Brendan O’Neill Brendan O’Neill

Confessional culture

The costs of our prurient fascination with decades-old abuse

If you were sexually abused by a Catholic priest nearly 50 years ago, and that priest was now dying or dead, would it not be wise to keep it to yourself? This awkward question invaded my mind as I watched last week’s BBC1 documentary Abused: Breaking the Silence. It featured mature, respectable and successful men recounting in eye-watering detail what was done to their penises by priests at a Rosminian boarding school in Tanzania in the 1960s. We were meant to be shocked by the alleged foul behaviour. I found myself more shocked by the willingness of these otherwise decorous men to make an emotional spectacle of themselves.

Of course the allegations are very serious. It sounds as if these children of the 1960s suffered a terrible ordeal of fear and abuse in a remote, inescapable school. The men claim that Father Kit Cunningham MBE and other priests groped and fondled them when they were pupils at the school more than 40 years ago. The accusations against Fr Cunningham in particular have sent shockwaves through the media. Cunningham, who died in December last year, was a well-known, apparently convivial man of the cloth, who later in life, following his alleged reign of perversity in Tanzania, became parish priest of the posh St Etheldreda’s Church in Ely Place in London. He had lots of buddies on Fleet Street, many of whom have now written of their alarm at discovering that their mate was an ogre. Perhaps the most disturbing part of this story is the fact that the Rosminian order knew about the abuse and did nothing about it.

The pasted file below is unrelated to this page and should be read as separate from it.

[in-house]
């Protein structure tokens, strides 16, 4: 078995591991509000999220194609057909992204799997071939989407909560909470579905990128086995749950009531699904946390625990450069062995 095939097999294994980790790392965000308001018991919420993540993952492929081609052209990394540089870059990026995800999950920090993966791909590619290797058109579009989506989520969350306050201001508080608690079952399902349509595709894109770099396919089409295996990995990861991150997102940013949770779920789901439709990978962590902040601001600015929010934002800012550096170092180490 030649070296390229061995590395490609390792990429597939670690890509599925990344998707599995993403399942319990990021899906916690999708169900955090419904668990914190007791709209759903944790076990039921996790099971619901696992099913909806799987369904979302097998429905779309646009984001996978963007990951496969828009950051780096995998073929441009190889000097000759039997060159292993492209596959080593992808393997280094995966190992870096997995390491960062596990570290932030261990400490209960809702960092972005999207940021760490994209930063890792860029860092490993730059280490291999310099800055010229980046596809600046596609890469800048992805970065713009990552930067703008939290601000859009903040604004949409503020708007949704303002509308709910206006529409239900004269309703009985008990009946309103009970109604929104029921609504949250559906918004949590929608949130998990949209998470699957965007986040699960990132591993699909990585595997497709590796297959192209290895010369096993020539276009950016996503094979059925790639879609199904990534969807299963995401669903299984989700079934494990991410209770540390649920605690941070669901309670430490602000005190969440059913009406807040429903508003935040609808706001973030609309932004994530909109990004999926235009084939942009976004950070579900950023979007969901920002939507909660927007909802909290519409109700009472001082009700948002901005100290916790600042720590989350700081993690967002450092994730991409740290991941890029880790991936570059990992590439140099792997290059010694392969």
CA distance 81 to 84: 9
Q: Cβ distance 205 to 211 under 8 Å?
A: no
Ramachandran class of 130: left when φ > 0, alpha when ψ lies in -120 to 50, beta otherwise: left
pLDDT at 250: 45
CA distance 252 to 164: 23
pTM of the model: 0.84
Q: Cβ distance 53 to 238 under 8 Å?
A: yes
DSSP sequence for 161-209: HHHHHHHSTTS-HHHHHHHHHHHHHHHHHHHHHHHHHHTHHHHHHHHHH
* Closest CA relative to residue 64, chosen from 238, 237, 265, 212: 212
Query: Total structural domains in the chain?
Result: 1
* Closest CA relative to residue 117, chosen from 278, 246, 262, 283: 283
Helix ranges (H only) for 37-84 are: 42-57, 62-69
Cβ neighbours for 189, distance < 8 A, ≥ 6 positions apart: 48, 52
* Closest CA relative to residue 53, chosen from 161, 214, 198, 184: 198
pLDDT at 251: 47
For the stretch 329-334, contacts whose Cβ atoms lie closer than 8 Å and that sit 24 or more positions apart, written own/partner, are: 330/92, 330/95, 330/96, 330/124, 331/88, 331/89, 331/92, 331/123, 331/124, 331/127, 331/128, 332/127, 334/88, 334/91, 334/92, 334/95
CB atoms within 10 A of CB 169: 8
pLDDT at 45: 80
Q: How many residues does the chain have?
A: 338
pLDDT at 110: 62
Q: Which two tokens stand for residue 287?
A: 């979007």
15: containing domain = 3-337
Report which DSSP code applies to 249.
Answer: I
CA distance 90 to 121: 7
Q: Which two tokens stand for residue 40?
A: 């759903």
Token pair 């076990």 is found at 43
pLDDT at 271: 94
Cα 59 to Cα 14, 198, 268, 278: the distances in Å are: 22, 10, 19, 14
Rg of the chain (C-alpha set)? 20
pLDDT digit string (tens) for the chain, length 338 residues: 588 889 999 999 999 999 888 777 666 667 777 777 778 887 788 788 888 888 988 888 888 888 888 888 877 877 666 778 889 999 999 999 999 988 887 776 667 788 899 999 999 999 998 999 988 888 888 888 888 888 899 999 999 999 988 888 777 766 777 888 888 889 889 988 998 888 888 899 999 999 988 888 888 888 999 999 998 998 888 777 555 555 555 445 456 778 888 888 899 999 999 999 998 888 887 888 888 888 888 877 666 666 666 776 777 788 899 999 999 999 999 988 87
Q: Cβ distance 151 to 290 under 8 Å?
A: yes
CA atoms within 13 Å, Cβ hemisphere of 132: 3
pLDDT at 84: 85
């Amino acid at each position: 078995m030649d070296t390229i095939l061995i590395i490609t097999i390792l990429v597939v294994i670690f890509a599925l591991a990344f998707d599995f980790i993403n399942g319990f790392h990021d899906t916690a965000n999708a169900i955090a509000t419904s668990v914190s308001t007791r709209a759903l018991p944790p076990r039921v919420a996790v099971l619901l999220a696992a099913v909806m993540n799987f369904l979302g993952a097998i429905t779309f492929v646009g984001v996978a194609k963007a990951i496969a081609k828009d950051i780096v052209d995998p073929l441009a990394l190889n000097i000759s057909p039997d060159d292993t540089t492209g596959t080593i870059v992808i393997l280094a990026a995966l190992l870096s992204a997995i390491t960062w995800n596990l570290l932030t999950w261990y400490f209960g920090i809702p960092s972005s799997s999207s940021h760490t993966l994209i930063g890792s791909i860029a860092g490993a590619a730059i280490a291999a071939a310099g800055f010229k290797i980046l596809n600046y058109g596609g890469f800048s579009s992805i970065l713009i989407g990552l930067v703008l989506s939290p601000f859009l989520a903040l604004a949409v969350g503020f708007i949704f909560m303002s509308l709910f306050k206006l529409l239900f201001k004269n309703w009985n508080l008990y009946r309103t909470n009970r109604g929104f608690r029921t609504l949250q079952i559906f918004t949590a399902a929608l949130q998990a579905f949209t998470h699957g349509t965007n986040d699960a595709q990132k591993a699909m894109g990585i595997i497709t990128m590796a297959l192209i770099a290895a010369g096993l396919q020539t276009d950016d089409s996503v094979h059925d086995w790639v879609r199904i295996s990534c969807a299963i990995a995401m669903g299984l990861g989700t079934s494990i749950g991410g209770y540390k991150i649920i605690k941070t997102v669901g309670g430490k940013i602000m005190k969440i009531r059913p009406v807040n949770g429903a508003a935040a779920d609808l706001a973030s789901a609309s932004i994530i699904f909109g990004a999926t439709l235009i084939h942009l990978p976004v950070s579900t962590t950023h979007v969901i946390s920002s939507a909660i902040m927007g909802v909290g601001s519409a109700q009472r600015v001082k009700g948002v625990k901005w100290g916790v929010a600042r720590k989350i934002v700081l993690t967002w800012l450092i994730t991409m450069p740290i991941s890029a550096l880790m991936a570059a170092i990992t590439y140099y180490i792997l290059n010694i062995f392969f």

Yet at the same time as we rightly question the morality of a religious institution that seeks to cover up sexual abuse, we are also at liberty to ask about the motivations of those who reveal the details of that sexual abuse almost half a decade after it is said to have occurred.

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